democracy in the making

A guest post by Kathleen Blee about her new book, Democracy in the Making: How Activist Groups Form.

The many years I spent studying overtly racist groups like neo-Nazis and the KKK (in my earlier books, Inside Organized Racism and Women of the Klan) made me interested in how activist groups develop a collective way of thinking, especially how they rule out alternative ideas and possibilities. In racist groups, the process can be quite dramatic. Fairly ordinary white people fall in with a racist group and quickly adopt its convoluted conspiratorial ideas as if they are self-evident.

Democracy in the Making looks at a very different set of activists – from 60+ new and fledging activist groups in Pittsburgh that I followed from 2004-2007, beginning from the time each group first appeared in public. My goal was to tease out the mechanisms by which groups set unspoken boundaries on what can be discussed or considered; in other words, how topics and ideas come to be understood as ‘off the table.’ My method was ethnographic and comparative, over time and across groups. I used a highly detailed observational template to capture not only what groups do and talk about in each meeting, public event, rally, press conference, and social event, but also what they fail to do and what they avoid talking about (that they might be expected to do or say, based on earlier times or other groups).

I’m interested in hearing from others who use ethnographic approaches to understand group dynamics or who have found ways to tap into the boundaries of action and imagination in collective social life.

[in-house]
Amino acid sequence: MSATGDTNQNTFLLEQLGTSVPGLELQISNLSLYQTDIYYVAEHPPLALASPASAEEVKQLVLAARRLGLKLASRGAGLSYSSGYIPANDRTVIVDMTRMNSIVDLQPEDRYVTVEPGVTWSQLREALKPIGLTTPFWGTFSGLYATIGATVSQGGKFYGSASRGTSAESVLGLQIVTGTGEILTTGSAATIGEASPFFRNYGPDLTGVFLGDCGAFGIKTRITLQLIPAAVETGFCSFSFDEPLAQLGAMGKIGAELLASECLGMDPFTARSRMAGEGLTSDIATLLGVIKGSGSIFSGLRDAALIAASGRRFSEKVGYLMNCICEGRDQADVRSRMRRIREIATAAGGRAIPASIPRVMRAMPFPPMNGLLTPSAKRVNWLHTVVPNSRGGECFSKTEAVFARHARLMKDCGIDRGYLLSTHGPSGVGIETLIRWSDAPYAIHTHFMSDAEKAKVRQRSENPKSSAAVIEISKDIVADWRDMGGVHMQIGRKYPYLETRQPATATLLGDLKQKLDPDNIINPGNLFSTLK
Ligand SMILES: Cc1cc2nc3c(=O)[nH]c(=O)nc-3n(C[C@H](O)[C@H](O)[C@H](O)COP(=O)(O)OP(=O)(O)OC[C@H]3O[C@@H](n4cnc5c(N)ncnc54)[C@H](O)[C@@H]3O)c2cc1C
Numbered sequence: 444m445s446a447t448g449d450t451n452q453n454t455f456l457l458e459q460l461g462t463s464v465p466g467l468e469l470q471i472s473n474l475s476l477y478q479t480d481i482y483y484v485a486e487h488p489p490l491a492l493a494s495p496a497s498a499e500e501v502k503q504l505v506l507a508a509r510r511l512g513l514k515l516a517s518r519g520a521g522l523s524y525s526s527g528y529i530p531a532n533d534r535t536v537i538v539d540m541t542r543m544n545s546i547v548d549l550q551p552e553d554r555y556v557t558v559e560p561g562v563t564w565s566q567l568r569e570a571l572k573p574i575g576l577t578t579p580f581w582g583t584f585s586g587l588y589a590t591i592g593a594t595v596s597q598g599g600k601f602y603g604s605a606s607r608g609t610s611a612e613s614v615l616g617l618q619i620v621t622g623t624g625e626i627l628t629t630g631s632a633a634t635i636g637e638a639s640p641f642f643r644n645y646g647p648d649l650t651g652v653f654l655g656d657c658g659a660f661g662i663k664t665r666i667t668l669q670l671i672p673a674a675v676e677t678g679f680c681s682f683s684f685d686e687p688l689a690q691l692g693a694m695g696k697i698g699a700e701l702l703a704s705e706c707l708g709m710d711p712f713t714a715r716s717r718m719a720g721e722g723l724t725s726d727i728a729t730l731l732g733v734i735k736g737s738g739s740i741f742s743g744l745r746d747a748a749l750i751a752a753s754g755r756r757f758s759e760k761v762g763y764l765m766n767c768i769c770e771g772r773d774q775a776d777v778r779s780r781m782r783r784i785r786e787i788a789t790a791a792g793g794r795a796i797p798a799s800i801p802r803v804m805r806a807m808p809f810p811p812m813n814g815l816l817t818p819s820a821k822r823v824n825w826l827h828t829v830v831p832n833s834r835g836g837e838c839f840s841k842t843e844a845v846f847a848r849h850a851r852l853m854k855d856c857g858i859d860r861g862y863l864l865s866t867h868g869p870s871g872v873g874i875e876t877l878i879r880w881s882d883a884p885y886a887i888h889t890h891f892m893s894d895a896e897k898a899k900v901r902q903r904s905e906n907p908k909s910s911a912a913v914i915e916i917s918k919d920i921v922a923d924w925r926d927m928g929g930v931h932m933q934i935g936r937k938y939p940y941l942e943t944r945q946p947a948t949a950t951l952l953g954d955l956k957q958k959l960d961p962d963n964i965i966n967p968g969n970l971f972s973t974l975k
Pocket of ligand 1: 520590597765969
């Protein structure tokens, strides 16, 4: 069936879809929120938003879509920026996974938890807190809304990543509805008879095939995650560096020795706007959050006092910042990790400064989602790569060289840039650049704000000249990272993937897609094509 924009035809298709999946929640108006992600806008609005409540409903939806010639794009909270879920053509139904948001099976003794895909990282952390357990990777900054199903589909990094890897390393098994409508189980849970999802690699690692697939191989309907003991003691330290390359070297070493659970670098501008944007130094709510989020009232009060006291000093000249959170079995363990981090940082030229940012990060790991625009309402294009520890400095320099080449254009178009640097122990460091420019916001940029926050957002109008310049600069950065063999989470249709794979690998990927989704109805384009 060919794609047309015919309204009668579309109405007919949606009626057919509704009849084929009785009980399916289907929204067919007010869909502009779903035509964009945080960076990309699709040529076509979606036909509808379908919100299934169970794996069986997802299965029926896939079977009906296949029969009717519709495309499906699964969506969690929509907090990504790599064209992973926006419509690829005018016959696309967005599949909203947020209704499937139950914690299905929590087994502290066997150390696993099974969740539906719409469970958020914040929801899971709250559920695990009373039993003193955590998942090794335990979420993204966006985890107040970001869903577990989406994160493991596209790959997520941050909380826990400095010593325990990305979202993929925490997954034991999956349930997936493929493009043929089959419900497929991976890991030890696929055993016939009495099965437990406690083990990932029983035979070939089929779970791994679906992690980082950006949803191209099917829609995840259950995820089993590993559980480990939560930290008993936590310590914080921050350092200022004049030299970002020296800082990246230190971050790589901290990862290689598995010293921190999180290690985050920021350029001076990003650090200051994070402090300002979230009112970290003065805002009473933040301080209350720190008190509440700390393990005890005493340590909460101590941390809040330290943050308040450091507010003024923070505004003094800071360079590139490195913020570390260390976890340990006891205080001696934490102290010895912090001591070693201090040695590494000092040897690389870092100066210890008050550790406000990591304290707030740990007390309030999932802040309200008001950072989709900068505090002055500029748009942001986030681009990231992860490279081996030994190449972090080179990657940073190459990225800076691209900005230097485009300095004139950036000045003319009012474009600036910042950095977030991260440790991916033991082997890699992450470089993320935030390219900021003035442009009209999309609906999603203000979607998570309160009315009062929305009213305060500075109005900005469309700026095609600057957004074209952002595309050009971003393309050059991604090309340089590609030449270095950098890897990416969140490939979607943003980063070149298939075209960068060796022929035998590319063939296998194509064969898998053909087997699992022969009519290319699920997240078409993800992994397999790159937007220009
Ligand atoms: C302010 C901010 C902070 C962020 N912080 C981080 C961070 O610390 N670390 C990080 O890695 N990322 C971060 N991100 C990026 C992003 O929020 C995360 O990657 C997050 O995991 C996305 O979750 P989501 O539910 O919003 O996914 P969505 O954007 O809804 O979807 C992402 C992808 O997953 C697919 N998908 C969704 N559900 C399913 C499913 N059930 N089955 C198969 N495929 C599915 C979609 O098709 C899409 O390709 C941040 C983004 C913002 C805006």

Written by orgtheoryguest

February 14, 2013 at 10:27 pm

Posted in uncategorized

2 Responses

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  1. Kathleen: Any generalizable postulates about how ideology forms in interest groups in general? Any group, really, is an interest group in some degree. Should we expect similar dynamics to obtain at subtler magnitudes even in not-radical group formation?


    Graham Peterson

    February 14, 2013 at 10:38 pm

  2. Thanks for your post introducing your work. I am interested in knowing more about your ethnographic technique of covering multiple organizations down to the nuts and bolts (i.e., do you have a team of researchers? how you gained access? how you selected organizations, etc.). I am conducting ethnographic observations of multiple organizations (over 10 and counting), so I am particularly interested your experiences.



    February 16, 2013 at 6:25 pm

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